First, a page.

Collection

Chickenpox: public health management and guidance

The diagnosis, management and epidemiology of chickenpox (varicella).

Chickenpox is an acute, infectious disease caused by the varicella-zoster virus (VZV) and is most commonly seen in children under 10 years old. This virus can also cause shingles (herpes zoster) which tends to be more common in adults. The disease can be more serious in adults, particularly pregnant women.

For symptoms and general information on chickenpox, visit NHS Choices.

Epidemiology and data collection

Chickenpox is not a notifiable disease in England and Wales. Data on cases reported in the UK is available from the Royal College of General Practitioners Research and Surveillance Centre by sentinel GP practices in England and Wales and Health Protection Scotland surveillance systems through statutory notifications.

Laboratory confirmation of cases of chickenpox is rarely sought as the diagnosis can, in general, be reliably made on clinical grounds. Therefore no laboratory data is available on this website.

Clinical management

Information and guidance for health professionals managing cases of chickenpox (varicella) is available below. Further information on clinical management of chicken pox is available on the NICE Clinical Knowledge Summaries website.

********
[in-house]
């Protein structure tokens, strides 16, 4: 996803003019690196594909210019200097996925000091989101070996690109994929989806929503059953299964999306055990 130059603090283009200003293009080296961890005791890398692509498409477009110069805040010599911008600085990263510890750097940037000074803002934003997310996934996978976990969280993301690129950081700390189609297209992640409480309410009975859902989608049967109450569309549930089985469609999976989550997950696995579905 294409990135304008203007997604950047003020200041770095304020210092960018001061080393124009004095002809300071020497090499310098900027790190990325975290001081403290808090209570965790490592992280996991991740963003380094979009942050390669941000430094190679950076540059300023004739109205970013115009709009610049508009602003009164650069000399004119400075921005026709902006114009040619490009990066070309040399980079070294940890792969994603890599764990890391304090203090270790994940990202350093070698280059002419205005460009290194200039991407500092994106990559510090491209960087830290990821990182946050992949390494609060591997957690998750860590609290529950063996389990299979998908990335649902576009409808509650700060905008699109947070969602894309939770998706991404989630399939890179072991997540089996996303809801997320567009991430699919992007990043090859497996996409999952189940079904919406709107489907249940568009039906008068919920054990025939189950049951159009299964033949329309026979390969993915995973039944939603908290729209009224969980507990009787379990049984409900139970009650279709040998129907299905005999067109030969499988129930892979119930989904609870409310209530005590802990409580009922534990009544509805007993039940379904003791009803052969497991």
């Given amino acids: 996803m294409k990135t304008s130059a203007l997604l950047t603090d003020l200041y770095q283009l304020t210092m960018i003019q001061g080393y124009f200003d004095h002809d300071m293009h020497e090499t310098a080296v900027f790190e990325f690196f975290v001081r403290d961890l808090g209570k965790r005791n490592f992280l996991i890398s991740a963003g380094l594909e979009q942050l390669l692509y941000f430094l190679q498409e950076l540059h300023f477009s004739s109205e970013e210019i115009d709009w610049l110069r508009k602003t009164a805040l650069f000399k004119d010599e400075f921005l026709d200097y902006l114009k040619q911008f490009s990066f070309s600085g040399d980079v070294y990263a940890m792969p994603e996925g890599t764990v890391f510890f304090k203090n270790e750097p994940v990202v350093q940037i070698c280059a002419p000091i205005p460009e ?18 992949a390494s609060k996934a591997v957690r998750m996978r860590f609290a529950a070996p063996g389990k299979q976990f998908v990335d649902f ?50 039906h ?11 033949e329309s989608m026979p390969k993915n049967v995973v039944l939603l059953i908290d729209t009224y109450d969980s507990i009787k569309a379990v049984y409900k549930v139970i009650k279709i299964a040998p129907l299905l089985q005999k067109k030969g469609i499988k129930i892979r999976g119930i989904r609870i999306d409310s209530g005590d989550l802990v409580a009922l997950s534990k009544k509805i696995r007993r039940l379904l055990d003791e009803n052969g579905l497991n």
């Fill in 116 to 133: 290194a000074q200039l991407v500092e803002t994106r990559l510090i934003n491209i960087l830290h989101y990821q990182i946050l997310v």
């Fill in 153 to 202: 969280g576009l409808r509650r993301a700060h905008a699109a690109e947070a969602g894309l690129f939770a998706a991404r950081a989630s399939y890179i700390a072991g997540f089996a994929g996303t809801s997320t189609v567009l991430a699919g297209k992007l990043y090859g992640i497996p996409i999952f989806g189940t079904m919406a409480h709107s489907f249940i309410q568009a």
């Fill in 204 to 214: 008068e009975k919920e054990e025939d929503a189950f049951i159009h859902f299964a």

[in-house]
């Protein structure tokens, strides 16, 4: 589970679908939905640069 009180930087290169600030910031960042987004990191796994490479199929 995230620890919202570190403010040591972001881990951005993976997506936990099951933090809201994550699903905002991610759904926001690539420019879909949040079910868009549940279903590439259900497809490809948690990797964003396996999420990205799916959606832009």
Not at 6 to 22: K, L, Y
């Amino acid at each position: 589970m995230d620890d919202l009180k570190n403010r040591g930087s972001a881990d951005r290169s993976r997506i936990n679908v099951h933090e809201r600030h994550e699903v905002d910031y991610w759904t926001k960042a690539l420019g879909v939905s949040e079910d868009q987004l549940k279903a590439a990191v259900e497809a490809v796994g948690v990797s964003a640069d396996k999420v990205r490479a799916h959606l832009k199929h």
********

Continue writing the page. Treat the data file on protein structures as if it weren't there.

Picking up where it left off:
Laboratory testing for confirmation of chickenpox is not normally required but can be performed in Public Health England public health laboratories (PHLs).

  1. Rash in pregnancy

    • Guidance
  2. Infection control in schools

    • Guidance
  3. Immunoglobulin: when to use

    • Guidance
  4. Chickenpox and shingles: infection control in prisons and other places of detention

    • Guidance

Vaccination

There is no specific treatment for chickenpox. It is a viral infection that will therefore not respond to antibiotics.

There are 2 vaccines available to prevent chickenpox: Varilrix® (Oka-RIT) and Varivax® (Oka/Merck).

  1. Varicella: the green book, chapter 34

    • Guidance